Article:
Hundreds of bills are now under review and on their way to my desk for signature. These include priority bills--many addressed back in January in my State of the State-- that will shape Hawai'i's future in critical areas, such as early childhood education, elderly care, the environment, the economy and energy.
One such measure establishes the framework needed for consideration of an interisland cable, which will help stabilize energy prices and equalize rates statewide. The Public Utilities Commission (PUC) will have approval authority for any proposed project.
Also moving our state toward energy independence are two other priority bills that will work to increase the amount of renewable energy that can be used on our electrical grid: SB 2787 will give the PUC the ability to set reliability standards; and SB 2752 will make it easier for HECO to take on renewable energy projects.
Hundreds of bills are now under review and on their way to Gov. Neil Abercrombie for his signature.
Photo courtesy of the Office of the Governor
As I've previously stated about our energy future, we can only truly make progress by moving away from insufficient, island-by-island energy silos and toward a reliable, statewide power network connecting all our island grids.
The Legislature also passed several other important measures that will have an impact far beyond my administration.
Two Justice Reinvestment Initiatives were approved that will make our criminal justice system more efficient and accountable. While increasing public safety through evidence-based policy models proven in 14 other states, these measures will reduce recidivism and invest savings back into community programs and supervision.
The Legislature also made an appropriation for early childhood health. This takes the first steps to help reverse the alarming trend of childhood obesity, which has increased by 38 percent in 10 years. We will be able to analyze specific data to identify children at risk, establish awareness of early childhood obesity, promote best practices, and create a task force for the prevention of childhood obesity.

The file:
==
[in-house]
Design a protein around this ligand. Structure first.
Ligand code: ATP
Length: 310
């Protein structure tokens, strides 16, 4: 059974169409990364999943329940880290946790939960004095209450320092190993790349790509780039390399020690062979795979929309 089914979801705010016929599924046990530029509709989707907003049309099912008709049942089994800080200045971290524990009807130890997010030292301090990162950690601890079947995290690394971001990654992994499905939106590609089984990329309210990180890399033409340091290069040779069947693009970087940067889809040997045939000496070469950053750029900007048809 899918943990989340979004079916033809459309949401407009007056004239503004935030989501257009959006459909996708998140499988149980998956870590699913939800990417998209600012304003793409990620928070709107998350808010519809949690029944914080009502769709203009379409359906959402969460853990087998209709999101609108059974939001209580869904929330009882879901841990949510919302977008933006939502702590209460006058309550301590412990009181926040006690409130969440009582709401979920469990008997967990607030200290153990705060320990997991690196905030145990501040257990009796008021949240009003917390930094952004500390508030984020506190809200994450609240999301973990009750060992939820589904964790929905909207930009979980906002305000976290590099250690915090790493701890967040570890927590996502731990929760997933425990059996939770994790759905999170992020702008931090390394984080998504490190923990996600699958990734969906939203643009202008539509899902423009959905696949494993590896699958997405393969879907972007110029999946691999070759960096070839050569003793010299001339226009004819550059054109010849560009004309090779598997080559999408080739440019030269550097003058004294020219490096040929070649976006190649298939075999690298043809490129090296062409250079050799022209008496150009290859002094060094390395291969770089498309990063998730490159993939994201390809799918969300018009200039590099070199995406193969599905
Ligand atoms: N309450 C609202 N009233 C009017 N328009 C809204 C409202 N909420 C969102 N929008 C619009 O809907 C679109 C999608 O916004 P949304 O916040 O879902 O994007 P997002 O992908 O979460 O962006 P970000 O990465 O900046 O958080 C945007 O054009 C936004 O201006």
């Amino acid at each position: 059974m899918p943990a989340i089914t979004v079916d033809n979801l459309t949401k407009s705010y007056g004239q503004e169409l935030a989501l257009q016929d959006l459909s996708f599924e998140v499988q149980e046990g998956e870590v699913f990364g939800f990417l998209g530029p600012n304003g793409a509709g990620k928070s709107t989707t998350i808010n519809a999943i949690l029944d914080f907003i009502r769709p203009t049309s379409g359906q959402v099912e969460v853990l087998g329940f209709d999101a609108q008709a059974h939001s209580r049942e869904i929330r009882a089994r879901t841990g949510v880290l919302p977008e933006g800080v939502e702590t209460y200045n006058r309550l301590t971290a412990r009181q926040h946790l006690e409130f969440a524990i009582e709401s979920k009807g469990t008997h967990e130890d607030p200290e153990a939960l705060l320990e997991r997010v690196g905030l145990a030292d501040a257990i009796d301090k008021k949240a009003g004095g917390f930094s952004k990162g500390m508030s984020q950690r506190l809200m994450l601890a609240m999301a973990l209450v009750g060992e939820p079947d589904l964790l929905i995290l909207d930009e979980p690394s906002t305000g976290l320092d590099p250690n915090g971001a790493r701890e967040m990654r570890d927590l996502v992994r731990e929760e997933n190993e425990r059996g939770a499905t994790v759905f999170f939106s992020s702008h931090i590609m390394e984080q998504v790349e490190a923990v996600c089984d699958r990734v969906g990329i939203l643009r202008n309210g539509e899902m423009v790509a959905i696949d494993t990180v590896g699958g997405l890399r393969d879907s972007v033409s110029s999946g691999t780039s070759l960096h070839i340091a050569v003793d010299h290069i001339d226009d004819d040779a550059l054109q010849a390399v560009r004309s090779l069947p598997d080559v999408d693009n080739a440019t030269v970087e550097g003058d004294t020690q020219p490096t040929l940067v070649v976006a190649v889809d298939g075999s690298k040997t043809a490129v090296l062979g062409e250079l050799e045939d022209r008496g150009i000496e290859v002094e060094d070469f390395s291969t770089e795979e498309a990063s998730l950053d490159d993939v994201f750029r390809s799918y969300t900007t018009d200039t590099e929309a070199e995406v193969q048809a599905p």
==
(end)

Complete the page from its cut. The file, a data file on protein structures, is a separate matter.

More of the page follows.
In addition, the House and Senate passed a bill that appropriates $1.4 million to create aging and disability resource centers in each county to streamline access to long-term supports and services for older adults with disabilities and family caregivers. These centers will be "one-stop shops" for information and assistance.
The Legislature further appropriated $300,000 for my administration's Early Childhood Education goal to further develop and implement the components of our state's comprehensive early childhood system. This includes development of a phased plan for a public-private preschool program for 4-year-olds.
And, the state budget now includes $5 million in funding for my administration's Watershed Protection plan for the Department of Land and Natural Resources. This appropriation is for the immediate protection of priority watershed forests to replenish Hawai'i's water supplies and provide many other fundamental benefits to the islands' environmental health. For example, the West Maui mountain watersheds are a top protection priority because they provide water resources to drier south shore communities like Kihei and Wailea.
From the start of the session to the end, there was a commitment by the Legislature to work collaboratively toward creating policies for the benefit of the entire state. I congratulate the House and the Senate, including Maui's own representatives and senators, for their collaborative spirit and commitment to serving the people of Hawai'i.
Together, we set out to invest in our future. That's exactly what we have accomplished.